The pitch, Aneff says, is that US companies are more hurt by tariffs on European wine than European wineries are. In particular, the US restaurant industry is struggling during the pandemic, and increasing the prices of popular European wines does not help.
"We're a country in crisis right now," Aneff said. "[Biden] is going to come in with a series of fires to put out. He's also likely to have a divided government. All of the different restaurant tariffs, on food and wine and everything restaurants need, these affect millions of people around the United States. Eliminating these tariffs is something the Biden administration can do with the stroke of a pen. They can make the lives of millions of Americans better on day one. They have it within their power to eliminate these tariffs. They will not need [Senator] Mitch McConnell's approval to do so. And it would be helpful to thousands of small businesses across the United States. It's easier to do than some of the other things they want to accomplish. That said, I know this is a big ask."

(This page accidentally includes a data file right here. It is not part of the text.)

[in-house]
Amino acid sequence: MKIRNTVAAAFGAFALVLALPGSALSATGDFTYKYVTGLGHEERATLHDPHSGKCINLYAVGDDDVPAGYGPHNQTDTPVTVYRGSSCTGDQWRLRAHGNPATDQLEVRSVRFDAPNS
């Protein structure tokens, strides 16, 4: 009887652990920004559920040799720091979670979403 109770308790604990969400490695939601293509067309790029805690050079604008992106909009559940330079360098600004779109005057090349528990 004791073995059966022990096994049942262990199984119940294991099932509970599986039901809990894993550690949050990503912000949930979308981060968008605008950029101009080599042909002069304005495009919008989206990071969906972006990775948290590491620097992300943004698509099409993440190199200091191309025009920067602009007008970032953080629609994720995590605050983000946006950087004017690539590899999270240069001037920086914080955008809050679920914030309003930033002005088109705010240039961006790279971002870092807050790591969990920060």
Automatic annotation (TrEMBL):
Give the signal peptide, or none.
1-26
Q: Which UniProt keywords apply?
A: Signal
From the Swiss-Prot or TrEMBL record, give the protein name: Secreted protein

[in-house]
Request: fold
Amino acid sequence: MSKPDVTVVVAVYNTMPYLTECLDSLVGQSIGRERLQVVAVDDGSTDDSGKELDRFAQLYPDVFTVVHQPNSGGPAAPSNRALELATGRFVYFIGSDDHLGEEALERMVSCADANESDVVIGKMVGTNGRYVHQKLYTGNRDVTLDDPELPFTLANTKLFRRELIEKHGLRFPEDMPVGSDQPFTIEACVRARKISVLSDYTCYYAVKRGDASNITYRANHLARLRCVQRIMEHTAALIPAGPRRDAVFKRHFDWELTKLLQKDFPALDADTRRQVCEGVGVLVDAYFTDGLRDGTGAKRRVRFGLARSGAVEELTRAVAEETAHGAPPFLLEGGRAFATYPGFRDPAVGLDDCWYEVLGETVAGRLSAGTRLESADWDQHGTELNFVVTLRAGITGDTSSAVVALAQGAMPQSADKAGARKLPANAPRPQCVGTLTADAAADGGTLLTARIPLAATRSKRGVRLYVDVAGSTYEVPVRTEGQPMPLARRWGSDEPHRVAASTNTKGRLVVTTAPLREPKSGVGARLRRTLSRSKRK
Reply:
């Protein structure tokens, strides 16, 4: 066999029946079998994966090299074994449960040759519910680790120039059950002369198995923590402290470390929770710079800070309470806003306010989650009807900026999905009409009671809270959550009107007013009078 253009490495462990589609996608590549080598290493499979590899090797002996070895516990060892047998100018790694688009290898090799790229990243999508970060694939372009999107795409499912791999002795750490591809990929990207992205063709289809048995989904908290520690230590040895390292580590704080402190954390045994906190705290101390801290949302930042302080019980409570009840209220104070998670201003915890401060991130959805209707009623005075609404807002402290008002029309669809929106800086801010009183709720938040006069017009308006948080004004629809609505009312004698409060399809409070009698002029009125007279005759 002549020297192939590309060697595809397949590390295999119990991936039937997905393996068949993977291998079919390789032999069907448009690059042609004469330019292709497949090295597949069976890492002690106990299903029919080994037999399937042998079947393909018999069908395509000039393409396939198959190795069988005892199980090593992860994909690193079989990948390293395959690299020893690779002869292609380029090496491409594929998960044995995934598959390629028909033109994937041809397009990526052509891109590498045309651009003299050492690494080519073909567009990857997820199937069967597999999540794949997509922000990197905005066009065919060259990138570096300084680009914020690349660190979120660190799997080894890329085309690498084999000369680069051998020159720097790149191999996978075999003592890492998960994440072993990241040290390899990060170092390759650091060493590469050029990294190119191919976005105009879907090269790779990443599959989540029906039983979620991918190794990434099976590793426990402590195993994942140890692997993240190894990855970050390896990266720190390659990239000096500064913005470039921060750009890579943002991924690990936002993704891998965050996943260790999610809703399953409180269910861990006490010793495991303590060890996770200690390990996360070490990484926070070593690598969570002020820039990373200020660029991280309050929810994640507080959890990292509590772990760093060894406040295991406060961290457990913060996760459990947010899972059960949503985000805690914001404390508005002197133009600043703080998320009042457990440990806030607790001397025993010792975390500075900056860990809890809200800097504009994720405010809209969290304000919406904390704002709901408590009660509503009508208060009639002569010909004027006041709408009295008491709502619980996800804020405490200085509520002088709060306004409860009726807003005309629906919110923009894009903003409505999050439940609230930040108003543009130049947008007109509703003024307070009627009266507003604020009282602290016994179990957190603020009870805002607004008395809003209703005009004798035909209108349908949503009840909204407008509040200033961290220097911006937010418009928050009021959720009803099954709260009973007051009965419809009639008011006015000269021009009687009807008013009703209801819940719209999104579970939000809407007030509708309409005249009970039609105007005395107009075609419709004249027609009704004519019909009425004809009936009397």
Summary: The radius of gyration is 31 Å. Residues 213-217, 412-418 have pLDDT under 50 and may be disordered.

Current US Trade Representative Robert Lighthizer is a longtime advocate of tariffs and protectionism. He is more known for his suspicion of China. His antipathy to Europe was somewhat unexpected. But as with any government employee, it is his job to reflect the president's agenda.